Watching nature take its course, from the top of a hill in northern England



I was sad to read of the death of Sir Martin Doughty, described as the architect of modern British conservation and champion of access to the countryside, he was the chair of Natural England

One man and his dog

Natural England is an independent public body whose purpose is to protect and improve England’s natural environment and encourage people to enjoy and get involved in their surroundings.

Doughty’s vision helped keep this valley tranquil,


He was passionate about this project


and preserving industrial archeology


Doughty, whose father was one of the last survivors of those who took part in the great 1932 mass trespass on Kinder Scout in the Peak district, was rooted in Derbyshire and used to describe the moors of northern England as rarer in global terms than tropical rainforest.


His work left  has left a generous legacy.

Sheep, lamb, hills


Author: uphilldowndale

Watching the rhythm of rural life, from the top of a hill in northern England. Having spent most of my life avoiding writing, I now need to do it! I am no domestic goddess, but if I were expecting visitors to my home, I would whisk round with the duster and plump up the cushions and generally make the place look presentable. I hope that by putting my words where others may see them it will encourage me to ‘tidy up and push the Hoover around’ my writing. On the other hand I may just be adding to the compost heap. Only time will tell! Pull up a chair, sit yourself down, I’ll put the kettle on.

13 thoughts on “Legacy

  1. Really great photos. I especially love the first one.

  2. This is a wonderful tribute. As a visitor, I enjoyed the extraordinary public access to the English countryside, and thought it would be a fine model for my part of the world. I particularly appreciate the notion that industrial history is part of the legacy of the landscape. I’ve given a lot more thought to that since reading your blog on a regular basis. Must follow your links and learn more.

  3. Oh wow! Great shots, Uhdd! A lovely tribute and illustrated quite well with your wonderful photos.

  4. I am sad to hear of the death of Martin Doughty, because I have been ‘following’ his career for about 20 years now. Only because, I nearly bought his house in New Mills, in 1987. His wife showed us round, and I read in the paper the following year that she had died. I have read about his career at Derbyshire County Council, but I didn’t realise he had gone on to do so much other work nationally. It’s staggering to think how much he managed to fit in to his life-time, especially since died prematurely at the age of 59. Thank god there are people like him, to make up for the rest of us.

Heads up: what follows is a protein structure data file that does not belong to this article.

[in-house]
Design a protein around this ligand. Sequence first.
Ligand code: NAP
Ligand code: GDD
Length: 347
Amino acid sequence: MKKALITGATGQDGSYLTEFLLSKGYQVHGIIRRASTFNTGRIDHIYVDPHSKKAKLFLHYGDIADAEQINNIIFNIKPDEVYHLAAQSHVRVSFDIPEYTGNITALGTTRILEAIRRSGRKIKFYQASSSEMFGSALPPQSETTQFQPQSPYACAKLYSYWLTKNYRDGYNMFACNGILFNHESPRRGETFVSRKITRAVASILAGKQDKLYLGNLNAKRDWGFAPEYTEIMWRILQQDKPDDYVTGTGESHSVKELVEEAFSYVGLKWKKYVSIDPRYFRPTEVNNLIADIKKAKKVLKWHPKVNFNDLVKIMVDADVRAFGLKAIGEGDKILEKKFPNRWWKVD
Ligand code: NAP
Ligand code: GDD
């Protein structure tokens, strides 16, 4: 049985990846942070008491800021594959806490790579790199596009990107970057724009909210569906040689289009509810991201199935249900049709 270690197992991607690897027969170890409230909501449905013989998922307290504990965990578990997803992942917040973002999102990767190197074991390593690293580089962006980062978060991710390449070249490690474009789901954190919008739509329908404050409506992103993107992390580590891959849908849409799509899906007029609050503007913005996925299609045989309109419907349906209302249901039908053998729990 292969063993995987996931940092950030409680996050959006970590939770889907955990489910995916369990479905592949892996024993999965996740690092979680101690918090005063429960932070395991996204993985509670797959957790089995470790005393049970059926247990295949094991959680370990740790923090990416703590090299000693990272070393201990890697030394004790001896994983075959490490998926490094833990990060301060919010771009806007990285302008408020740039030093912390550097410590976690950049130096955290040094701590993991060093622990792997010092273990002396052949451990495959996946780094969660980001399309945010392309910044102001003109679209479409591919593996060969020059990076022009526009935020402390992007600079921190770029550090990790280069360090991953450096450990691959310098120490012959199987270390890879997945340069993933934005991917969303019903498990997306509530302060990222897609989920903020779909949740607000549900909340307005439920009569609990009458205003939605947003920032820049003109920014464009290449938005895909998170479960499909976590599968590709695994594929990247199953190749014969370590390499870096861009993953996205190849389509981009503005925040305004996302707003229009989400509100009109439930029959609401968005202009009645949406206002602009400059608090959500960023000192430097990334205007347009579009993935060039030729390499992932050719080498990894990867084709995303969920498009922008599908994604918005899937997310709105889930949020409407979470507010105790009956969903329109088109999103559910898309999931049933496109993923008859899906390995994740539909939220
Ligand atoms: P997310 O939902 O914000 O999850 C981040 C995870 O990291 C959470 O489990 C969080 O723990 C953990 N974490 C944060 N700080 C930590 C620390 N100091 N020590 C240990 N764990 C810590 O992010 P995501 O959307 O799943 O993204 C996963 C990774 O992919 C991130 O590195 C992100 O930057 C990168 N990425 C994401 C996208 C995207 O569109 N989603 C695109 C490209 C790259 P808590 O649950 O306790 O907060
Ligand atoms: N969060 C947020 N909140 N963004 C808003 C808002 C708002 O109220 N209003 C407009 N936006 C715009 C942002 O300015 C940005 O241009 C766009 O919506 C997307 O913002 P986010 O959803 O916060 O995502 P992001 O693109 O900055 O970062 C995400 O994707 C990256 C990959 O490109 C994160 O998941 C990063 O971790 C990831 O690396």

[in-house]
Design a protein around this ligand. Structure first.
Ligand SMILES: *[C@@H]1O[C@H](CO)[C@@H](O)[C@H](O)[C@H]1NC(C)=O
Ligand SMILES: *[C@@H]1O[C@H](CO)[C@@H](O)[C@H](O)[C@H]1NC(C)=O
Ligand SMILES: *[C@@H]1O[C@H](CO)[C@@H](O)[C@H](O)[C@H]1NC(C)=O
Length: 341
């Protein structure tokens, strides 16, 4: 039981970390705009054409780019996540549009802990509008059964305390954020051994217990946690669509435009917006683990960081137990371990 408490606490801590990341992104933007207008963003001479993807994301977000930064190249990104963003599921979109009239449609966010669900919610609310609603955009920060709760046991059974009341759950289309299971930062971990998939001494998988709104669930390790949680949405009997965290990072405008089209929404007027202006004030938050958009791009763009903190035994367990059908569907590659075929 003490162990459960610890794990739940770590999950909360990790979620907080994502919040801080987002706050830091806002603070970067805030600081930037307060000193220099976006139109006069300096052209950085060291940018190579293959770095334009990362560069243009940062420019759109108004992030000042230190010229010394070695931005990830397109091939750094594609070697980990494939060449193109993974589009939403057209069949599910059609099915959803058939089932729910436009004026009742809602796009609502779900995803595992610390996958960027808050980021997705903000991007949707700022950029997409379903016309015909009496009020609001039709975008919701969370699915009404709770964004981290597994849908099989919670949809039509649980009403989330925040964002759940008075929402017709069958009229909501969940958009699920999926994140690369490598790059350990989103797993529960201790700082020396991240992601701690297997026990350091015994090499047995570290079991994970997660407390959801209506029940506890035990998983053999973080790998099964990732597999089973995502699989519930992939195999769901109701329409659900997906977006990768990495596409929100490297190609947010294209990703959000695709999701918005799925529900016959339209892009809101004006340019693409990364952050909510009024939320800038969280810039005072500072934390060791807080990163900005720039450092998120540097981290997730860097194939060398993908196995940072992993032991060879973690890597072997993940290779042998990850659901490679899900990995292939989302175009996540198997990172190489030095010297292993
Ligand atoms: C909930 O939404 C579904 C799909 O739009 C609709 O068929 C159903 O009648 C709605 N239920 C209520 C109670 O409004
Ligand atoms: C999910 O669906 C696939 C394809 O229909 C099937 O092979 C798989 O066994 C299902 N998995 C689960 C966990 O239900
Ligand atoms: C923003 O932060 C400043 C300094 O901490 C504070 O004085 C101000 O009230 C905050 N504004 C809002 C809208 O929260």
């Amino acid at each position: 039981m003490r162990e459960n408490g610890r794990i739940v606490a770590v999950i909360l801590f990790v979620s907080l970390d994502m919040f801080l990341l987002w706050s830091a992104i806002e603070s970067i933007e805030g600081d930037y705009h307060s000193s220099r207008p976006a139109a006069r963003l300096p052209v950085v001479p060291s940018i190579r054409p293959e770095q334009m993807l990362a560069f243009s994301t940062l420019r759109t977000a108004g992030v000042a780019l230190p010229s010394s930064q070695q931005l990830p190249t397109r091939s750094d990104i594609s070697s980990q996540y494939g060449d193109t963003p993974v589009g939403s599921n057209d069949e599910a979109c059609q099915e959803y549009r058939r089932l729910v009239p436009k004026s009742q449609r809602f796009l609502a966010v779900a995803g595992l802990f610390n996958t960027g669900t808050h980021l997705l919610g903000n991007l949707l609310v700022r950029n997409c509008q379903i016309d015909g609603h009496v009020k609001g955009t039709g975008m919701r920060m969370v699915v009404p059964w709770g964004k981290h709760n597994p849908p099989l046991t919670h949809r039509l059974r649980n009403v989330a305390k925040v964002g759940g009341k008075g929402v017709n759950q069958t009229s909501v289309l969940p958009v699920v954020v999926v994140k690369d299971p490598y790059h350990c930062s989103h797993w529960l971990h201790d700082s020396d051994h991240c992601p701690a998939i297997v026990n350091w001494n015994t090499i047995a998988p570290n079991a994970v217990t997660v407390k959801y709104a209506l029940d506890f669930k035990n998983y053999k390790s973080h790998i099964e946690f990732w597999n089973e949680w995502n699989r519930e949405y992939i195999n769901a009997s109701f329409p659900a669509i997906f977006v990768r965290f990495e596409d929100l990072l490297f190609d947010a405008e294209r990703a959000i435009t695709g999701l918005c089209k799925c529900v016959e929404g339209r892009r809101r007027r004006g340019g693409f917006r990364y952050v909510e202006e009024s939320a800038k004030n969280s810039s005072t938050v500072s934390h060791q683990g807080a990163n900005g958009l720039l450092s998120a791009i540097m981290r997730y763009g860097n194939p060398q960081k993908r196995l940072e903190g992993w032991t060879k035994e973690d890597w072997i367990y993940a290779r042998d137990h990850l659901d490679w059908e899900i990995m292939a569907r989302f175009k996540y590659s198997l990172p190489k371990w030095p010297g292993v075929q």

5. It’s a name that many people won’t even recognise sadly!
    Like Rob I really like the first image. xx

  6. Derbyshire is such a wonderful County, one can understand why one of its sons would devote their life to preserving and opening it up. Starting at Axe Edge with the landscape of spoil heaps and abandoned mines and quarries, some dating back to Roman times. Then your wonderful pictures near Rudyard where the Mill was – all stunning.

  7. Which jogs a memory. I don’t suppose you have taken any pictures of Lud Church, Gradbach? It sounds stupendous from descriptions I have heard, with a fascinating history.

  8. Oh, your photos make it look so lovely. I really like that picture of the sheep. It looks like you have some great walking paths, and a very scenic valley. Beautiful!

  9. I can see you were! Scars not too bad I hope?

  10. I’m sorry to hear about a great man passing. I hope others will keep up his mission. The last shot with the sheep is my favorite.

  11. Ohhh. So lovely, as usual – and that picture of the sheep? It makes me want to live in that field too.

Come on, join in.

Fill in your details below or click an icon to log in:

WordPress.com Logo

You are commenting using your WordPress.com account. Log Out /  Change )

Google+ photo

You are commenting using your Google+ account. Log Out /  Change )

Twitter picture

You are commenting using your Twitter account. Log Out /  Change )

Facebook photo

You are commenting using your Facebook account. Log Out /  Change )


Connecting to %s